I’ve worked in many rural areas including Lander, Wyoming (Pop: 7800) where if the wind blew just a little too hard, my Internet connection went down - and you know how the wind blows in Wyoming! I’ve even worked from an old RV on the road, in state parks and at other campgrounds. And soon, I’ll be working from my new home in Tok, Alaska (Pop: 1800) along the Alaska Highway.
Here are some of my tips for working from remote and rural areas. I also turned to a Twitterfriend, Becky McCray, who provides some additional tips. I’ll introduce her after the jump.
Doing Business in Rural Places
1. Invest in fast Internet access. Sometimes it has to be satellite which can be pricey, but you can write it off your taxes as a valid and essential business expense.
2. Identify wifi hotspots - or Internet-enabled locations - in your area. If my Internet connection went down, I’d drive into town to connect at a cafe or restaurant or even a hotel or campground. Some McDonalds and Wendys even offer wifi so find out which businesses are wired and use them as backup when your access goes down.
3. Stock up on car chargers. Even when house power went out - particularly in my RV - I could rev up the engine and power up my essential tools and gadgets including computer and mobile devices. Invest in a USB car charger to charge your handhelds such as the SynCh from Malleable Devices.*
4. Sign up for shipping accounts. FEDEX, UPS, DHL - they all claim to reach from every door to door. Find out which ones offer the most reliable pick up and shipping services and take advantage of their services to save yourself time and the cost of gas driving to town to ship things.
5. Join online forums or social networks. Isolation can be hard when you’re living in a rural area and your nearest neighbor is miles away. Stay connected with peers by joining social networks relevant to your industry or other professional networks where you can get answers to business questions, hear about the latest trends or just have contact with other people.
Small Biz Survival
I asked Becky McCray, a rural small business expert, for some of her tips for very rural small businesses. Becky blogs at Small Biz Survival. She is also a small town entrepreneur, the co-owner of a liquor store and cattle ranch. She writes about small business and rural issues based on her own successes and failures. As a consultant, she helps small businesses and small town governments to get things funded and get things done.
Here’s what she advises:
6. Don’t forget the library for wifi or public internet access.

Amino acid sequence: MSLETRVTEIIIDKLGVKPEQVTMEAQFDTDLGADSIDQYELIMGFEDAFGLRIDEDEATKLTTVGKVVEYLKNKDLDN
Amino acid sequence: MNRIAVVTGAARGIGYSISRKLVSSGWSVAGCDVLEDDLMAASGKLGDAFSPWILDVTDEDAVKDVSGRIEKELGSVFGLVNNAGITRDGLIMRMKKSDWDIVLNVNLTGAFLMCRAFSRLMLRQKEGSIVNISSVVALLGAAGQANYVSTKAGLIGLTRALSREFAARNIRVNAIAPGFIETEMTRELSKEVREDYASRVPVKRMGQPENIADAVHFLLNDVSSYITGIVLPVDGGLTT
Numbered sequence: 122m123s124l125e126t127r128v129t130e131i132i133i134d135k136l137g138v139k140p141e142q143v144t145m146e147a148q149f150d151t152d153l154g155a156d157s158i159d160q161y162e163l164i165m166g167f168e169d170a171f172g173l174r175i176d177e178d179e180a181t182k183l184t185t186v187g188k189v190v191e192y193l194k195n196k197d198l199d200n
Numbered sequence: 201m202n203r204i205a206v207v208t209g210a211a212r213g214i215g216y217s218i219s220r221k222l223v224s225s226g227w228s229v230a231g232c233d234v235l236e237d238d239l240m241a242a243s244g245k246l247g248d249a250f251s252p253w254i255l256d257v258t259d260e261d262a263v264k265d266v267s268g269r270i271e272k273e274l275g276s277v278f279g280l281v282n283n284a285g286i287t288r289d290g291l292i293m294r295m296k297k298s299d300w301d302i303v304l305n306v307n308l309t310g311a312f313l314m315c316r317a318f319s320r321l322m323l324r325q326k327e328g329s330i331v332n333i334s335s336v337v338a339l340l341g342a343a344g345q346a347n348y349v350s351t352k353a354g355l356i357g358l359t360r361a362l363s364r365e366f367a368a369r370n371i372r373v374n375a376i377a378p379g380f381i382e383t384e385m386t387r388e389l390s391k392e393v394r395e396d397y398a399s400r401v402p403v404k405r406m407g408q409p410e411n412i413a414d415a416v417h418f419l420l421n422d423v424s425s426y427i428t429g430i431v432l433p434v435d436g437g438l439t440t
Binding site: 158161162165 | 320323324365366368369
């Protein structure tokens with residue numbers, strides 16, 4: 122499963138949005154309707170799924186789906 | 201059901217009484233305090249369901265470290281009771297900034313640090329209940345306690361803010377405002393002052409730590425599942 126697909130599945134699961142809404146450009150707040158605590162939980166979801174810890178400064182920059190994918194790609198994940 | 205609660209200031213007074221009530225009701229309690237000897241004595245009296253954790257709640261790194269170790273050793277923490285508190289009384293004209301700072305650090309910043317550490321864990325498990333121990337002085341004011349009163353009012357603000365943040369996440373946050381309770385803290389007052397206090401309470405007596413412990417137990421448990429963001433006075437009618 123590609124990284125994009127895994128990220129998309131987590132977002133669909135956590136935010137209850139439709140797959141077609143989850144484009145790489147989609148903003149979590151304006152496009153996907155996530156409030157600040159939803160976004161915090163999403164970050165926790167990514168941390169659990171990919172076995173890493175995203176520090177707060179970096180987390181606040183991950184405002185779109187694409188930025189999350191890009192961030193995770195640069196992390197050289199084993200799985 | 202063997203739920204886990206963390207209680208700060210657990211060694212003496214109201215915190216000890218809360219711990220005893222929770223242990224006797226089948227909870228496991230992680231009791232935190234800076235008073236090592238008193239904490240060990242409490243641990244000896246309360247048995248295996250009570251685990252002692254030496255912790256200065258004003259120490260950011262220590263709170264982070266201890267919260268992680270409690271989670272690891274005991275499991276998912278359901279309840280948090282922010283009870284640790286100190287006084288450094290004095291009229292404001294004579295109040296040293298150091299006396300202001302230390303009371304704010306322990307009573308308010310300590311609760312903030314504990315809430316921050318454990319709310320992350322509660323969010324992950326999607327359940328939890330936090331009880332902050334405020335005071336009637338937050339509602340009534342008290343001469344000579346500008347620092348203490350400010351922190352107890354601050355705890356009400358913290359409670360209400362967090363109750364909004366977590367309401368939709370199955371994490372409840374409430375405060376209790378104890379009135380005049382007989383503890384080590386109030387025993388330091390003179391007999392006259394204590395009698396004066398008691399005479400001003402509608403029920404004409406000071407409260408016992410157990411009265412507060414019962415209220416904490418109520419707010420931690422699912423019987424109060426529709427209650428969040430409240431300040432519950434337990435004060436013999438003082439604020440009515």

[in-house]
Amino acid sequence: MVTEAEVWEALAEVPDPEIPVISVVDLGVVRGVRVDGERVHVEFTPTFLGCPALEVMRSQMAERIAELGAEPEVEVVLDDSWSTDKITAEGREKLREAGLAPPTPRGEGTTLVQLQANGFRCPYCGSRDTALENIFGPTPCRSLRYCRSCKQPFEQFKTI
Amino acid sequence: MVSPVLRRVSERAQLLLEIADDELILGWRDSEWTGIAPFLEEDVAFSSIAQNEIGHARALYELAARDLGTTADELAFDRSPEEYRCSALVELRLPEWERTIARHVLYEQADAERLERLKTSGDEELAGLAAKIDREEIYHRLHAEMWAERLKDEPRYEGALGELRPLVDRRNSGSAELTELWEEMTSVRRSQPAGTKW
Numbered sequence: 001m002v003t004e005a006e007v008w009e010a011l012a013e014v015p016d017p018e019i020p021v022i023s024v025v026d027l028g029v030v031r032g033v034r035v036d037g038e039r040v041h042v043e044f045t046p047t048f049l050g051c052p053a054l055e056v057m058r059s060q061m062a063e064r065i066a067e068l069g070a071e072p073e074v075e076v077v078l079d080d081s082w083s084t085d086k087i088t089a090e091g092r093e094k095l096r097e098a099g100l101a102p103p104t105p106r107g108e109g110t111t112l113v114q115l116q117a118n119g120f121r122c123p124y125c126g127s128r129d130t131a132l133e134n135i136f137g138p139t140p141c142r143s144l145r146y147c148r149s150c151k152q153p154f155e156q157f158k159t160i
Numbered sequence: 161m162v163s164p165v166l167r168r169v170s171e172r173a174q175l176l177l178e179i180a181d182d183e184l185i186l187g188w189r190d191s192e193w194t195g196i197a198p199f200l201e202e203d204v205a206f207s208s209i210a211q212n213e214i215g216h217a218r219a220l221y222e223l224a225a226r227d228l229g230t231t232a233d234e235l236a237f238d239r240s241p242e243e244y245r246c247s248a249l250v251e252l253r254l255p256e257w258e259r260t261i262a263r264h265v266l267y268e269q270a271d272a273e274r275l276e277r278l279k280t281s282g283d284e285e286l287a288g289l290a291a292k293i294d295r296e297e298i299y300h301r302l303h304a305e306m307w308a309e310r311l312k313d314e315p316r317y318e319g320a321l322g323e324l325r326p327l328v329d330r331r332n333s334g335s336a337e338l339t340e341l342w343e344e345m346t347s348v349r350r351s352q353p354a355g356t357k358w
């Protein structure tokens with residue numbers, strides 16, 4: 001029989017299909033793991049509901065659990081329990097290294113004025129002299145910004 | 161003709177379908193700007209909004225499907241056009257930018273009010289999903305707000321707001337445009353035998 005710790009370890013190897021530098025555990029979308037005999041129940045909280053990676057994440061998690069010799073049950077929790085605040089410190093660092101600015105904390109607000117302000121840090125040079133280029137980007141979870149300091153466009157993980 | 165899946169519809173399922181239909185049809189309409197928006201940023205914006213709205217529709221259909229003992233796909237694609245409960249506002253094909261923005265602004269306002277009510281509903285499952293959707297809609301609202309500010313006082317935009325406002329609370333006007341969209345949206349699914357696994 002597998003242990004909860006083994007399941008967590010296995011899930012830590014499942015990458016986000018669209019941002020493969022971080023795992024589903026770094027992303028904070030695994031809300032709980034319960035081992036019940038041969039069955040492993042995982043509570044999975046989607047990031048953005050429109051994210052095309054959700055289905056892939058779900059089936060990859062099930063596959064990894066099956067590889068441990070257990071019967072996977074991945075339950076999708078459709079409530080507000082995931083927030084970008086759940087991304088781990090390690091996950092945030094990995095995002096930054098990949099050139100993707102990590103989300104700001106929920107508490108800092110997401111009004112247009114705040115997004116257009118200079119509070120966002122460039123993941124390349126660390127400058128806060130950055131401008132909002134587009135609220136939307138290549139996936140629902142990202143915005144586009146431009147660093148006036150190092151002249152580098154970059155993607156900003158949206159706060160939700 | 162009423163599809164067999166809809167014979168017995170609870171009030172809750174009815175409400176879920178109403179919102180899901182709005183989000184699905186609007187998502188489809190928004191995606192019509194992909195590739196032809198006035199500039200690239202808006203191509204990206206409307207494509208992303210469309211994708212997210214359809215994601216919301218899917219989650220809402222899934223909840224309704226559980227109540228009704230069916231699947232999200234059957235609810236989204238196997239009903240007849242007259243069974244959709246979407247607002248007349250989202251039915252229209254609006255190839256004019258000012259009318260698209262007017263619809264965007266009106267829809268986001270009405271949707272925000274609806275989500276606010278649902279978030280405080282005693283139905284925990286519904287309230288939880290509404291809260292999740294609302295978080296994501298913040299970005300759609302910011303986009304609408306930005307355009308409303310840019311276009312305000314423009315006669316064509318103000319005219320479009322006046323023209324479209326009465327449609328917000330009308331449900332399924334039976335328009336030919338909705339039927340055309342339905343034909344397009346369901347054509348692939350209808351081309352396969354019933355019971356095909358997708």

7. Look for online support and advice from professionals, like business counselors with the Small Business Development Center. (Note from Aliza: A good example is WyomingEntrepreneur.biz. Disclaimer: They are one of my clients, however, they are delving more and more into social media to interact with Wyoming entrepreneurs, particularly those in remote areas.)
8. Take advantage of online resources, like Inc.com, Entrepreneur.com, or WillItFly.com.
9. Take advantage of small town friendliness to find your local support services. For example, who will receive a package for you? Besides the office supply, where can you make a quick photocopy? In my town, you could try the library, the post office, or the bank. Think about what services you are likely to need, before you need them.
10. Be sure you track your mileage every time you drive somewhere for business. That trip to the state capital or county seat to file some obscure form? Deductible.
11. Consider your business insurance coverage. Rates can be cheaper in rural areas, so don’t just ignore it. Especially consider general liability to protect you from many different risks and equipment coverage to replace any business equipment, because home owner’s insurance typically won’t cover it.
12. Check for small business services at your local schools, including junior colleges and technical schools. Even in small towns, many have an economic development person, a business incubator, or a business support service. You may be able to access wifi, equipment, basic services, a conference room or even high quality video conferencing at low or no cost.
13. Have local utilities or cooperatives? Ask what business services or consulting they provide. You might be surprised!
14. Join relevant trade associations. Extra connections within your industry can help you network and improve your skills.
You may be rural and remote, but you are not alone!
Are you doing business from rural and remote places? How do you stay connected, save time, save money, and not just survive but thrive?
*disclaimer: they are also one of my consulting clients…
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